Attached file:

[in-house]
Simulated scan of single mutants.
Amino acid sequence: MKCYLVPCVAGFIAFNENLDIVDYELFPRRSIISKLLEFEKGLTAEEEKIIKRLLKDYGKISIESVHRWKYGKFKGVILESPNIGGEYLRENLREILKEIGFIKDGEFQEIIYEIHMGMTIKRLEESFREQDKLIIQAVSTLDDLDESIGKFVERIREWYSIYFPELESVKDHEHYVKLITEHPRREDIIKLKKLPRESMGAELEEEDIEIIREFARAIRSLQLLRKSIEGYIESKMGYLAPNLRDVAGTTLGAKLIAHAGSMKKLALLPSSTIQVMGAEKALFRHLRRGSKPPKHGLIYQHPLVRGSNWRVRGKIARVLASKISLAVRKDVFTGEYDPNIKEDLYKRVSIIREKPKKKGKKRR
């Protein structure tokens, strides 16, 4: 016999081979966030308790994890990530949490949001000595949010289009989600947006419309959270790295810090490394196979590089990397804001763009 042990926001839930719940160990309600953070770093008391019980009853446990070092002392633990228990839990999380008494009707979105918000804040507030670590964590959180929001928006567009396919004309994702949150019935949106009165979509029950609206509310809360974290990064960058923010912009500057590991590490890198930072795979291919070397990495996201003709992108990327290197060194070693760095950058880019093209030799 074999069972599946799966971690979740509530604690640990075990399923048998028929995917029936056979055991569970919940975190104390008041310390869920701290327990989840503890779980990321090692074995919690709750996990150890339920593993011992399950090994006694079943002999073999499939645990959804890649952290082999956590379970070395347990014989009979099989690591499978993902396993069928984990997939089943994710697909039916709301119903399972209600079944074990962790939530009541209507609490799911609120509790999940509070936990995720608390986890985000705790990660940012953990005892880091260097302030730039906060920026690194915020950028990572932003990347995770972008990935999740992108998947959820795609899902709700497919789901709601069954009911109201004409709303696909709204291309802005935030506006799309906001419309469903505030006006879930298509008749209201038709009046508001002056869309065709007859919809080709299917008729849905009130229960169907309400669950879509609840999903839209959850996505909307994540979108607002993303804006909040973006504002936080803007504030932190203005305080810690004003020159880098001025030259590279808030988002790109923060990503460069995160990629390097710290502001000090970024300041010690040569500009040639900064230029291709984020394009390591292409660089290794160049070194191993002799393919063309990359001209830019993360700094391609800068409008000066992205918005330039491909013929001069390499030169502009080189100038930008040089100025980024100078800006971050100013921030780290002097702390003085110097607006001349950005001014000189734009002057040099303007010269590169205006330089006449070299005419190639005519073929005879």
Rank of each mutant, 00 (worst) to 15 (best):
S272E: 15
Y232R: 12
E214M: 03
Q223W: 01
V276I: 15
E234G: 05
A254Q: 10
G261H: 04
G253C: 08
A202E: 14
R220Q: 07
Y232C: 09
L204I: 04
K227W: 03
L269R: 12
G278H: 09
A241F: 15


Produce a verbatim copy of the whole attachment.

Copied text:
[in-house]
Simulated scan of single mutants.
Amino acid sequence: MKCYLVPCVAGFIAFNENLDIVDYELFPRRSIISKLLEFEKGLTAEEEKIIKRLLKDYGKISIESVHRWKYGKFKGVILESPNIGGEYLRENLREILKEIGFIKDGEFQEIIYEIHMGMTIKRLEESFREQDKLIIQAVSTLDDLDESIGKFVERIREWYSIYFPELESVKDHEHYVKLITEHPRREDIIKLKKLPRESMGAELEEEDIEIIREFARAIRSLQLLRKSIEGYIESKMGYLAPNLRDVAGTTLGAKLIAHAGSMKKLALLPSSTIQVMGAEKALFRHLRRGSKPPKHGLIYQHPLVRGSNWRVRGKIARVLASKISLAVRKDVFTGEYDPNIKEDLYKRVSIIREKPKKKGKKRR
């Protein structure tokens, strides 16, 4: 016999081979966030308790994890990530949490949001000595949010289009989600947006419309959270790295810090490394196979590089990397804001763009 042990926001839930719940160990309600953070770093008391019980009853446990070092002392633990228990839990999380008494009707979105918000804040507030670590964590959180929001928006567009396919004309994702949150019935949106009165979509029950609206509310809360974290990064960058923010912009500057590991590490890198930072795979291919070397990495996201003709992108990327290197060194070693760095950058880019093209030799 074999069972599946799966971690979740509530604690640990075990399923048998028929995917029936056979055991569970919940975190104390008041310390869920701290327990989840503890779980990321090692074995919690709750996990150890339920593993011992399950090994006694079943002999073999499939645990959804890649952290082999956590379970070395347990014989009979099989690591499978993902396993069928984990997939089943994710697909039916709301119903399972209600079944074990962790939530009541209507609490799911609120509790999940509070936990995720608390986890985000705790990660940012953990005892880091260097302030730039906060920026690194915020950028990572932003990347995770972008990935999740992108998947959820795609899902709700497919789901709601069954009911109201004409709303696909709204291309802005935030506006799309906001419309469903505030006006879930298509008749209201038709009046508001002056869309065709007859919809080709299917008729849905009130229960169907309400669950879509609840999903839209959850996505909307994540979108607002993303804006909040973006504002936080803007504030932190203005305080810690004003020159880098001025030259590279808030988002790109923060990503460069995160990629390097710290502001000090970024300041010690040569500009040639900064230029291709984020394009390591292409660089290794160049070194191993002799393919063309990359001209830019993360700094391609800068409008000066992205918005330039491909013929001069390499030169502009080189100038930008040089100025980024100078800006971050100013921030780290002097702390003085110097607006001349950005001014000189734009002057040099303007010269590169205006330089006449070299005419190639005519073929005879």
Rank of each mutant, 00 (worst) to 15 (best):
S272E: 15
Y232R: 12
E214M: 03
Q223W: 01
V276I: 15
E234G: 05
A254Q: 10
G261H: 04
G253C: 08
A202E: 14
R220Q: 07
Y232C: 09
L204I: 04
K227W: 03
L269R: 12
G278H: 09
A241F: 15